Department NewsApril 13, 2018
Knowles, Poletti are Furth Fund award recipients
Kathryn Knowles, assistant professor of chemistry, and Martina Poletti, assistant professor of neuroscience, are this year’s recipients of University Furth Fund awards. The Furth Fund, established through the generosity of Valerie and Frank Furth, provides early career scientists with $10,000 in research funds. The funds are used to promote the research activities of the faculty member, which may include the purchase of new equipment or support for graduate students or postdocs.
Research in the Knowles group focuses on studying the fundamental optical, electronic, and chemical properties of transition metal oxide nanocrystals and thin films. The inexpensive and nontoxic composition of these materials, their ability to absorb sunlight, and their stability to electrochemical degradation make them ideal candidates for applications in solar energy conversion and energy storage technologies.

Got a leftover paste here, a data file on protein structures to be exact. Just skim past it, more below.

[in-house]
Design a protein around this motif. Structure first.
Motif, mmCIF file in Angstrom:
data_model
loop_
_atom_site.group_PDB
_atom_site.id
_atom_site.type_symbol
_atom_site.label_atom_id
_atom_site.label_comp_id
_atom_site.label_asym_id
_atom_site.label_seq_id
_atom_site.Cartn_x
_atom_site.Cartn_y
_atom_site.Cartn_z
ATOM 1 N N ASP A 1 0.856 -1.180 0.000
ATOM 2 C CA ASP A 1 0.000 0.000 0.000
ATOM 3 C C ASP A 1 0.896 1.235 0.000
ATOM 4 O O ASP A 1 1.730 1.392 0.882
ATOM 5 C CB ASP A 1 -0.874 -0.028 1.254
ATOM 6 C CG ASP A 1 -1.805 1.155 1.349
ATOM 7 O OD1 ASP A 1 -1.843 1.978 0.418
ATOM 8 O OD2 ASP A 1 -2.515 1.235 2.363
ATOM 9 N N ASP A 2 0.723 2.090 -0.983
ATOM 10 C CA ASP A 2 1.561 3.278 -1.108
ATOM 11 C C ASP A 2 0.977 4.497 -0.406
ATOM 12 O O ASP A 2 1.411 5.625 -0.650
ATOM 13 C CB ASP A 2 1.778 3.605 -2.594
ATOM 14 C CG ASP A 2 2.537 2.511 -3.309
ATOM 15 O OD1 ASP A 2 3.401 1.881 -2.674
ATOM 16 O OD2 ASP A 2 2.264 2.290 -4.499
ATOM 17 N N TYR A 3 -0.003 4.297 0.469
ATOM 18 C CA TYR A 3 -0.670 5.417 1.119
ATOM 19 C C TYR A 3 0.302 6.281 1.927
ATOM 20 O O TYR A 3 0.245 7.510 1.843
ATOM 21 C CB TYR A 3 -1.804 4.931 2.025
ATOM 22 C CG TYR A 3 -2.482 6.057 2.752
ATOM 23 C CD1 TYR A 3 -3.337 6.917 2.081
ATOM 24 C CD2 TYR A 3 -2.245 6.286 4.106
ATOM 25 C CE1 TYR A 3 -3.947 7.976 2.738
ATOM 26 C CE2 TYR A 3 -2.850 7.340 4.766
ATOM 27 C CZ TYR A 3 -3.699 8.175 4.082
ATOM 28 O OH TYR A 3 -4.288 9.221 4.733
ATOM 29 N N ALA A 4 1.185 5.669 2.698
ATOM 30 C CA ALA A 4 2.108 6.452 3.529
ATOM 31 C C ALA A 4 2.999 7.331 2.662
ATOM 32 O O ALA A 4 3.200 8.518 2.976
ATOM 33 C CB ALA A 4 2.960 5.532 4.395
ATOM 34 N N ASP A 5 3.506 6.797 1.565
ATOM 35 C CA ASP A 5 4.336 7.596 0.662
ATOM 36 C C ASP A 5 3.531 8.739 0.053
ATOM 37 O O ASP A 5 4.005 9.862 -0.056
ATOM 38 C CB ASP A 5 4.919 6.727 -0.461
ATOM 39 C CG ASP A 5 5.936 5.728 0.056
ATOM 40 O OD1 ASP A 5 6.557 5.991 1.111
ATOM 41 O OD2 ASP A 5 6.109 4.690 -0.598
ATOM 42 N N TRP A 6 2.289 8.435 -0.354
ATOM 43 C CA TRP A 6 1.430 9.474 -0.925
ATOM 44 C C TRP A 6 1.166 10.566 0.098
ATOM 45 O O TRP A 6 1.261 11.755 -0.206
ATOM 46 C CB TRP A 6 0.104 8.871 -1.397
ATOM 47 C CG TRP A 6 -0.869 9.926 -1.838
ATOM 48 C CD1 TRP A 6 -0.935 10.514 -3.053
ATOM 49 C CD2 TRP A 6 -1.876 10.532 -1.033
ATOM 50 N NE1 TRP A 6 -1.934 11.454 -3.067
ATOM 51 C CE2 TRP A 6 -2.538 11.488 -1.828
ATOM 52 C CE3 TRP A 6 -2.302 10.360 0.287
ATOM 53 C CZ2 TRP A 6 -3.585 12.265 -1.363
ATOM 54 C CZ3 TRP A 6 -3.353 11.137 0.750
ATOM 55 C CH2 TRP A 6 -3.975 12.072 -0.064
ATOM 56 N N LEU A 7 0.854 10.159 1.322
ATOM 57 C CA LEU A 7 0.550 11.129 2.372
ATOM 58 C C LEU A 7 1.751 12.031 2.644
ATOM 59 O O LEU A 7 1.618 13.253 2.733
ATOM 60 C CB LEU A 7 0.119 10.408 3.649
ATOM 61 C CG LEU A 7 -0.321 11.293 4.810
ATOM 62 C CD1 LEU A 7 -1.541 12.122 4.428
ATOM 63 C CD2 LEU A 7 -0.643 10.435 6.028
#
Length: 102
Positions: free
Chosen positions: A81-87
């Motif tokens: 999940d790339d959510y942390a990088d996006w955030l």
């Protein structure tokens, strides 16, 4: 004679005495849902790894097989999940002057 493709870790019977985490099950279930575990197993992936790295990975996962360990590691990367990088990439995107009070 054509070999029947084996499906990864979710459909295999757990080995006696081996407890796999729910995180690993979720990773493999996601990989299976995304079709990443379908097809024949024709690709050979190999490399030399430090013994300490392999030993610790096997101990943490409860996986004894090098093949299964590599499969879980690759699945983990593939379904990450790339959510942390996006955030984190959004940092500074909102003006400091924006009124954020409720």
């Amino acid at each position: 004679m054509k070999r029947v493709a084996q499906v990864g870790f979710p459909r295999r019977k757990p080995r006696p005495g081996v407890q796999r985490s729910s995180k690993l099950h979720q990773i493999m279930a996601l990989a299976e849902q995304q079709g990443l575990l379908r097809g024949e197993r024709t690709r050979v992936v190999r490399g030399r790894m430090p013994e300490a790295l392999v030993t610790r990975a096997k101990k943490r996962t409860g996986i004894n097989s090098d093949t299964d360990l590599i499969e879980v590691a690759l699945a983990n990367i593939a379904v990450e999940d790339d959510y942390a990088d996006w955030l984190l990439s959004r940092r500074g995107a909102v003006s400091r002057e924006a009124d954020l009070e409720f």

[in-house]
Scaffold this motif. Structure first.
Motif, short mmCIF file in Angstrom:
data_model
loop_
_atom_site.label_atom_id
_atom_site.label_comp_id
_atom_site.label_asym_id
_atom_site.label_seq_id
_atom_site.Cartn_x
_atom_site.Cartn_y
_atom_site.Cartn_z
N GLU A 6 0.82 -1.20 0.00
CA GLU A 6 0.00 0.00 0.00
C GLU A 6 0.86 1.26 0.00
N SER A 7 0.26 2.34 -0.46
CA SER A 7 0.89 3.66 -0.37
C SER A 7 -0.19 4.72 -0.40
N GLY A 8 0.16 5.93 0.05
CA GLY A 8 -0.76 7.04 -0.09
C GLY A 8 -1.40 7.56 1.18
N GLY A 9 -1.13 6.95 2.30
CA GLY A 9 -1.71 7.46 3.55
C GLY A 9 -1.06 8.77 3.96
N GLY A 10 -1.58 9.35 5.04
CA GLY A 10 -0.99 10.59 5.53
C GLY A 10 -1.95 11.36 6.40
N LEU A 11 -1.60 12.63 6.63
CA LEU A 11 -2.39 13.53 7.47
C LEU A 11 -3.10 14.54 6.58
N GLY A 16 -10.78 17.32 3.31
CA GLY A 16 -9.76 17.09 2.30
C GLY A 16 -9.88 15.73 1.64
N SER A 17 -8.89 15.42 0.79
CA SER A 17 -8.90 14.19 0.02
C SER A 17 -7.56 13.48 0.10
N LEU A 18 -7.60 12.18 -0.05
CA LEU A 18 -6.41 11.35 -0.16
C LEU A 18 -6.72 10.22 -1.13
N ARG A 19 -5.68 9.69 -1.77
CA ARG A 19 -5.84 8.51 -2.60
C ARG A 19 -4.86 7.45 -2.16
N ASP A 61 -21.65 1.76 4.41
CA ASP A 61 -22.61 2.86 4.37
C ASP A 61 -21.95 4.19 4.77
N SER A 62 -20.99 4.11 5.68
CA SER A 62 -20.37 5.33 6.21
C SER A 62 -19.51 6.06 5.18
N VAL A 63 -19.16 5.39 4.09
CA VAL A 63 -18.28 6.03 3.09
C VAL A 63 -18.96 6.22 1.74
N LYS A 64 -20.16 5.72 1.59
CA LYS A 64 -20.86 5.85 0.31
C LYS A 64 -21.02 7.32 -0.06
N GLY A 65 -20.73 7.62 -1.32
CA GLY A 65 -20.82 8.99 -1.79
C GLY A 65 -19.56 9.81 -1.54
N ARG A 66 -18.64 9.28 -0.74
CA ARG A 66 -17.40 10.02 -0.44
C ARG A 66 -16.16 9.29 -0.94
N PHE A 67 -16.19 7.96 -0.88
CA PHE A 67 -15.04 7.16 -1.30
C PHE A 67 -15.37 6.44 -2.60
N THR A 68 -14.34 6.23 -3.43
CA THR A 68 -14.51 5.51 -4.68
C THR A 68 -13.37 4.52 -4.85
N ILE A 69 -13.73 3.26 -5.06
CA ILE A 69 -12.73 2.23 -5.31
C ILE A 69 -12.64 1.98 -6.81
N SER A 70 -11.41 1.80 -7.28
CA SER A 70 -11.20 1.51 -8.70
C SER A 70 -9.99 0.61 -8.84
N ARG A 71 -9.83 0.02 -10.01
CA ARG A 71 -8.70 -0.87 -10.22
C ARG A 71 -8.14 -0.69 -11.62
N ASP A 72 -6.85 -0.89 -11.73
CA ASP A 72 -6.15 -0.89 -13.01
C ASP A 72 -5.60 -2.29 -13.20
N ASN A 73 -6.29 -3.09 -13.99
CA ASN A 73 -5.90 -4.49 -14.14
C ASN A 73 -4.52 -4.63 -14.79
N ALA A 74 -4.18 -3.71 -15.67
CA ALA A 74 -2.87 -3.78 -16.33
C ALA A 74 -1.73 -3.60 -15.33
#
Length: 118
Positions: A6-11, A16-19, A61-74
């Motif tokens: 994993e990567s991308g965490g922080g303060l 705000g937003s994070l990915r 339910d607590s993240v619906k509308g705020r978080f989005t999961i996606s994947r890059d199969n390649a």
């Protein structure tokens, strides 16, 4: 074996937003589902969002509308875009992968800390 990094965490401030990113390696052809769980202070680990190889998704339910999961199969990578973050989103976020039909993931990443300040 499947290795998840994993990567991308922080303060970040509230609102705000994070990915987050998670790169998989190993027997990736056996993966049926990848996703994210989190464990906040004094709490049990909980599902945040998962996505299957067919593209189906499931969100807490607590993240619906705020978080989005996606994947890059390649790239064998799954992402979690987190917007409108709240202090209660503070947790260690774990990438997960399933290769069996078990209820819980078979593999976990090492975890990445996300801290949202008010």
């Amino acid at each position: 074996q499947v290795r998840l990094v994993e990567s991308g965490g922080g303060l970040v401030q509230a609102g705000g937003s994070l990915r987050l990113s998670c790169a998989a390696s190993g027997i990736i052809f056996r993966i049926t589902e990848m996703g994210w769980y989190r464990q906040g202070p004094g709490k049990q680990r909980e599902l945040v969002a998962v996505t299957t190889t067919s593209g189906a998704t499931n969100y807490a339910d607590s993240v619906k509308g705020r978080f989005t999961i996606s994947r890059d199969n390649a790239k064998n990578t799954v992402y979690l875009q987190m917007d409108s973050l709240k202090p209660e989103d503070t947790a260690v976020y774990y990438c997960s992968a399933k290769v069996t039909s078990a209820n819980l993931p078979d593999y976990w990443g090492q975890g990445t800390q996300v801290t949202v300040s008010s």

“Prof. Knowles is leveraging her expertise in colloidal semiconductor nanocrystals to build a creative, interdisciplinary research program centered in materials chemistry,” says Todd Krauss, professor and chair of chemistry. Knowles “is a superb junior faculty member who is on track to become a prominent researcher in materials chemistry, and who has already made a significant positive impact on our department.” Learn more about the Knowles Lab here.
Poletti studies the “finely orchestrated interplay between sensory processing, the control of motor behavior, and the allocation of attentional resources” in enabling visual perception, with a particular interest in fine spatial vision processes in the foveola. This is a small high-acuity region of the retina that humans use to inspect objects of interest. Foveal vision is fundamental for normal functioning, yet surprisingly little is known about its mechanisms.
Poletti “strongly exemplifies the highest professional qualities of a junior, tenure track faculty member: productive, innovative researcher with an early and strong publication track record in highly competitive and visible journals; and, highly-competitive grant funding,” says John Foxe, director of the Ernest J. Del Montie Institute for Neuroscience and chair of neuroscience. “Her background and research on human visual perception, attention, and oculomotor control enrich the Department of Neuroscience and complement well the research programs of fellow faculty members.”